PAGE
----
Jason Isbell and Amanda Shires, Kacey Musgraves, Bonnie Raitt, Margo Price, Sturgill Simpson, and Bill Murrary all make appearances. Picture Show airs at 7 p.m. CT on Prine’s YouTube channel and will be available to stream through midnight, October 11th.

Along with the tribute news, Prine’s label Oh Boy Records has announced that Prine’s 2000 album Souvenirs will be released on vinyl for the first time on September 25th. The LP, which was originally intended to be released only in Germany, features Prine and his band performing fresh versions of staples like “Hello in There,” “Angel From Montgomery,” and “Six O’Clock News.”

A Prine compilation will also kick off the new season of Austin City Limits. Premiering October 3rd, “The Very Best of John Prine” compiles choice performances from the singer’s eight ACL appearances, including a previously unaired take on “Sam Stone” from 1987. The episode begins with a recollection from Prine’s friend Jason Isbell.

‘Shameless Propaganda’ from Ouray County republicans ~ rŌbert

Have you have seen this ridiculous 1/2-page ad run today by a group of republicans in the Plaindealer smearing Lynn Padgett’s good name? It resurrects the lies of a certain realtor/ developer/ Republican group that were exposed 8-9 years ago during the discussions about Section 9 – Visual Impacts.

The lies that were put forth then and discredited then were repeated in today’s ad by an outfit calling itself the Ouray County Integrity Project, which on the SOS website states its only purpose is to “Oppose Election of Lynn Padget” (selected as Commissioner of the Year in 2011).  A misnomer, the so-called Integrity Project has nothing to do with integrity.

It is  the republicans effort to smear Lynn Padgett and get John Peters / Ned Bosworth elected as county commissioners.

The Warning:

This is only the first of their smear campaign and we need to respond swiftly and directly with one or more ads of our own.  While Lynn will continue running her own ad campaign focusing on her attributes, our ad can confront the lies head-on.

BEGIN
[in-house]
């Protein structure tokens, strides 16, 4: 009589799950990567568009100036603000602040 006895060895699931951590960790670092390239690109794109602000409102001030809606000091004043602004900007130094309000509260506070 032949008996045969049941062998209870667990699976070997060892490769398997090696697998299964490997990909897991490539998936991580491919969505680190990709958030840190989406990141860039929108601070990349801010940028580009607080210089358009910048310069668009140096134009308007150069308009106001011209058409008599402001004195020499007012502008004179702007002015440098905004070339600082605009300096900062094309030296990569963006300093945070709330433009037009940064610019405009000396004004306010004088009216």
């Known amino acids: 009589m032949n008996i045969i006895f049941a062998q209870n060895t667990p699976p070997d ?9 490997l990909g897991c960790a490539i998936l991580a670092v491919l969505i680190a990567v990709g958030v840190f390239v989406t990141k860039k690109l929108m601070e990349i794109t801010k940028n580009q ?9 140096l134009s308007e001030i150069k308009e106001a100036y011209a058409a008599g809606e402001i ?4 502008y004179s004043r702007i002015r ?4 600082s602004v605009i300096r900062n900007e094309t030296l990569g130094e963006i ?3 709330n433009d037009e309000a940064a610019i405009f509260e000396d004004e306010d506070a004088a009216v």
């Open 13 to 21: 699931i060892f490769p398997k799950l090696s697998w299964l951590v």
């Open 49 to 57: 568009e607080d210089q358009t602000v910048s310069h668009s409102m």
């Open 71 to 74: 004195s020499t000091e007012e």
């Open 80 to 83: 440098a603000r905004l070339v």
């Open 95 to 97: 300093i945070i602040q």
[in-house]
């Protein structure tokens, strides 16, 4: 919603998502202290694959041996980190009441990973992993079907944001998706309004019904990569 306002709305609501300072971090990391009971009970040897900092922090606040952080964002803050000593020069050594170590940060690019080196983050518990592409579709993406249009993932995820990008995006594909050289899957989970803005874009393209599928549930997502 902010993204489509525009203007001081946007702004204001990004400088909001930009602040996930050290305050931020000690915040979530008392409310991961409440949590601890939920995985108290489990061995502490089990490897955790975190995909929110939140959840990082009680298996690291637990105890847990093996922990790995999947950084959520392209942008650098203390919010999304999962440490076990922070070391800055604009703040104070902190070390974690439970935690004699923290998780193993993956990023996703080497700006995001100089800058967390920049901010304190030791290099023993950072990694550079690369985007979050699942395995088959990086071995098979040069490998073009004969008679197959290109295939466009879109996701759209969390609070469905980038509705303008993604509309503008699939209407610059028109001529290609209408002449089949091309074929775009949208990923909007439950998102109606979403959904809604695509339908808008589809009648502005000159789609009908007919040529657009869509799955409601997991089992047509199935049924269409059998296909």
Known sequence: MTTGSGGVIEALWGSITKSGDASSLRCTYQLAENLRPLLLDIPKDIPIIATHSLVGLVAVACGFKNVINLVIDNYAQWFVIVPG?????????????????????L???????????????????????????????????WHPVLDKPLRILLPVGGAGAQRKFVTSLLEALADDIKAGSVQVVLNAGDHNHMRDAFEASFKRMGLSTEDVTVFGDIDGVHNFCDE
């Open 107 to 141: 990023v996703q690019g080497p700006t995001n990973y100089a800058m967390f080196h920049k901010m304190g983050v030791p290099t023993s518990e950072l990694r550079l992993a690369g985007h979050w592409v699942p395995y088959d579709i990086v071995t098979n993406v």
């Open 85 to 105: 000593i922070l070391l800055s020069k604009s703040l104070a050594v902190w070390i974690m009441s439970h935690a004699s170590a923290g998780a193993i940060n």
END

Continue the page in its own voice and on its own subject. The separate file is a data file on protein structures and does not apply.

The Appeal:

To do this, we need your help. 

Please send a contribution to the:
Ouray County Democratic Party
3219 Pleasant Point Dr.
Ridgway, CO 81432
‘The Shameless republican propaganda’

How ‘Goodfellas’ and the Gangster Class of 1990 Changed Hollywood ~ NYT

That autumn, “The Godfather Part III” was hotly anticipated. Instead, the Scorsese movie and other crime tales raised the stakes for filmmakers to come.

Credit…Warner Bros.


“As far back as I can remember, I always wanted to be a gangster,” Henry Hill (Ray Liotta) muses near the start of “Goodfellas,” and in the fall of 1990, when that film was released, it seemed that every filmmaker of note wanted to make a gangster movie. Martin Scorsese’s “Goodfellas” led the way that September, with Phil Joanou’s “State of Grace” and Abel Ferrara’s “King of New York” opening later that month. The Coen brothers’ “Miller’s Crossing” followed in October. And in December came what was expected to be the biggest title of them all: “The Godfather Part III,” the long-awaited follow-up to the Francis Ford Coppola films that most audiences considered the gold standard of gangster pictures.

Such a wave of similarly minded movies hadn’t been seen since the glut of rip-offs that followed the release of the original “Godfather.” The torturous time and effort required of any major production made their rollouts more coincidental than coordinated, though it seems safe to surmise that studios were hoping to ride the wave of interest in “Godfather III.” Yet that film, the most hotly anticipated and (initially) the most financially successful, was the least enthusiastically received — and left the smallest cultural footprint.

Instead, the other gangster movies of that fateful fall 30 years ago would prove far more influential: they combined to draw a map of the routes the crime movie, and movies in general, would take in the coming decade.